Sun-Sentinel – December 19, 2005
FL: Different faith groups share meal,
beliefs at Muslim center
Sitting across from a candlelit table Sunday night, Afsar Khan, a Muslim, and Janet Bleshman, a Jew, looked for common ground.
"We are so similar," Bleshman, of Boynton Beach, told Khan, of West Palm Beach, as they shared a meal of curry chicken, mixed vegetables and rice.
"Yes, we are all children of Abraham," Khan said.
The two women were among the several hundred people gathered for an interfaith meal at the Muslim Community of Palm Beach County center. The meal was the latest exchange between Muslims, Jews and Christians started more than five years ago to erase stereotypes and develop friendships.
The organizers gave the visitors a tour of the center's mosque, introduced them to their leaders and explained the principles of Islam. They wanted the outsiders to have a newfound respect for their religion in the wake of the Sept. 11 terrorist attacks.
"Since then, people are afraid of us," said Wasi Khan, an organizer. "People have misconceptions of us. They don't know who we are. They don't know how we pray and what we do at our services. We have to change that."
Islam, organizers said, is a peaceful religion that respects all humans and animals.
A group from the Muslim Community center last spring went to a synagogue west of Boynton Beach to celebrate a Passover meal and learn about Judaism. Now, the same group intended to showcase their beliefs and food to Jews and Christians. More exchanges are planned next year.
Although many visitors to the center on Sunday were highly educated and already knew much about Islam, they said face-to-face discussions are essential to breaking down hostilities often common among religions….
New York Times – December 17, 2005
'Three faiths, one God':
Looking for similarities where others see differences
By Anita Gates
Analyzing religion isn't just for the pious anymore. Since the World Trade Center towers were blown away in the name of God four years ago, since the journalist Daniel Pearl and numberless others have been murdered by men and women who seem to believe that heaven will reward their actions, Americans have been forced to acknowledge that religious differences kill, even (or maybe especially) in the 21st century.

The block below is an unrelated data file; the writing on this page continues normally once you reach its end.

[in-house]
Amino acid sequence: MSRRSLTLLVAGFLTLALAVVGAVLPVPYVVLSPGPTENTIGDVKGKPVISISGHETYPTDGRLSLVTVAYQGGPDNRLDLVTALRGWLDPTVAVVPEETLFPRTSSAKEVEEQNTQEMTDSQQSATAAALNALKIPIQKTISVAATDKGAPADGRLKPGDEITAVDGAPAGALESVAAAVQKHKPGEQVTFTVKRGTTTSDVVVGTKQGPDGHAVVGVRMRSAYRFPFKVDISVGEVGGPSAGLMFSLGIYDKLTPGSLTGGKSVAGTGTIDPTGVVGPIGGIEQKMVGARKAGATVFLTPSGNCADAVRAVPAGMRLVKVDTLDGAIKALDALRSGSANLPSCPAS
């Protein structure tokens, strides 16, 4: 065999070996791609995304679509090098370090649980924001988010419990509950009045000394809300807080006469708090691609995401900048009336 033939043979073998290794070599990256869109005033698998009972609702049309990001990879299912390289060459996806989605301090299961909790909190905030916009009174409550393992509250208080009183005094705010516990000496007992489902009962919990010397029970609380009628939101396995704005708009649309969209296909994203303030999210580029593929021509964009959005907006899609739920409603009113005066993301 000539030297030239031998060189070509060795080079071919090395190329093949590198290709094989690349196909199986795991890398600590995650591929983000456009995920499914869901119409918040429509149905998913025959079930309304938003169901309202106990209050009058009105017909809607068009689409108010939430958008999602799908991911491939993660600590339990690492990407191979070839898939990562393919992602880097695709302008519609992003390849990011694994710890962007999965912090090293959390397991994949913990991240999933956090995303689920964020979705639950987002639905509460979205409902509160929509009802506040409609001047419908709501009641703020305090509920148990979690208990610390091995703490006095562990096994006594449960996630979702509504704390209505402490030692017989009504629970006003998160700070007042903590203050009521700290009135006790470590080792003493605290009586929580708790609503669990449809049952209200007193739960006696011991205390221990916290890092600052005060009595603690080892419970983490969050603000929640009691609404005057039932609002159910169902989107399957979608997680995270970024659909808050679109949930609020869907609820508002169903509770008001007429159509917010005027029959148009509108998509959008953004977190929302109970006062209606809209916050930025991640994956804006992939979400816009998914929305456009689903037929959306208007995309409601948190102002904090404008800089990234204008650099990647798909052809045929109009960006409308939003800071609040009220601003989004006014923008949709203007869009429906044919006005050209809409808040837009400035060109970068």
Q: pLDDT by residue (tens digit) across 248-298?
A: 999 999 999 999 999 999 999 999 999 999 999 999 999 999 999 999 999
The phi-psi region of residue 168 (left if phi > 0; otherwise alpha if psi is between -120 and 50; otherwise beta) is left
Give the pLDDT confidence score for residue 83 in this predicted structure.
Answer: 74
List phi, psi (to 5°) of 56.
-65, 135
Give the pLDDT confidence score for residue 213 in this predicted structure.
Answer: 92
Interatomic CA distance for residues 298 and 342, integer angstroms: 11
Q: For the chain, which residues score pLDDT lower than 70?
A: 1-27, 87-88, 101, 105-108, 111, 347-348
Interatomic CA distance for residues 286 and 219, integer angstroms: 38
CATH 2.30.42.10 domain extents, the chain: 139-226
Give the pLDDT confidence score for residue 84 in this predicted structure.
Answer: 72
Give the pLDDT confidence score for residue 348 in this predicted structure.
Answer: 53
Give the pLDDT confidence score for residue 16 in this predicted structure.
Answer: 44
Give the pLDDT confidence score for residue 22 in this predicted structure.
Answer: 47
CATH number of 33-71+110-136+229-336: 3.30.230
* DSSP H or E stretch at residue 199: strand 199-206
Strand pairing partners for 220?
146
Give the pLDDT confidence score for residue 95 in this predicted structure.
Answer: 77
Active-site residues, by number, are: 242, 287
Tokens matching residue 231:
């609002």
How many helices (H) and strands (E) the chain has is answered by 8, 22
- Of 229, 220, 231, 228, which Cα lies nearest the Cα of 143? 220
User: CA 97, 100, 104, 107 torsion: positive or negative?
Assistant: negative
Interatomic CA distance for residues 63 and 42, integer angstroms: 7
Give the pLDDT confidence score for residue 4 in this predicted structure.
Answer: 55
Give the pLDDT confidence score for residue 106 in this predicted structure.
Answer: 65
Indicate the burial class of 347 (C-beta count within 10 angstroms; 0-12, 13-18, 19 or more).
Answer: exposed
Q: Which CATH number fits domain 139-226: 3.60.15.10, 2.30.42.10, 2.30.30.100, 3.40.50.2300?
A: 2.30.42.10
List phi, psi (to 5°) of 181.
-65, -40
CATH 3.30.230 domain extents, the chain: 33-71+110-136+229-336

Some people believe that basic tolerance of others' religions is the answer. Sam Harris, the author of the current best seller "The End of Faith" (Norton), recommends abolishing all forms of religion. The thought-provoking PBS documentary "Three Faiths, One God: Judaism, Christianity, Islam" goes in another direction. It sets out to prove that the three world faiths involved in current global conflicts are really one big religion. So let's just call ourselves Abrahamic, shake hands and relax.
For starters, Jews, Christians and Muslims have "remarkably similar notions of the divine," says Karen Armstrong, author of "A History of God." Ms. Armstrong delves into those similarities, as do almost three dozen other experts, from Harvard, Yale and other universities and organizations like the Progressive Muslim Union of North America, the Jewish Orthodox Feminist Alliance and the Church of England.
Aside from being monotheistic belief systems that arose in the Middle East, Christianity, Judaism and Islam have a great deal in common. There are notable similarities in notions of sacrifice, good works, hospitality, peace, justice, pilgrimage, an afterlife and loving God with all one's heart and soul. All three religions honor the concept of purification by fasting (to some extent), during Ramadan and Lent and on Yom Kippur.
Everyone prays; the only difference is whether the faithful are summoned to do so by a bell, a horn, a gong or a human voice. A Muslim prayer ends with the words "Peace be with you." Rabbi David Rosen, the American Jewish Committee's international director of inter-religious affairs, says of the New Testament, the Torah and the Koran, "In essence, they are the same book."…..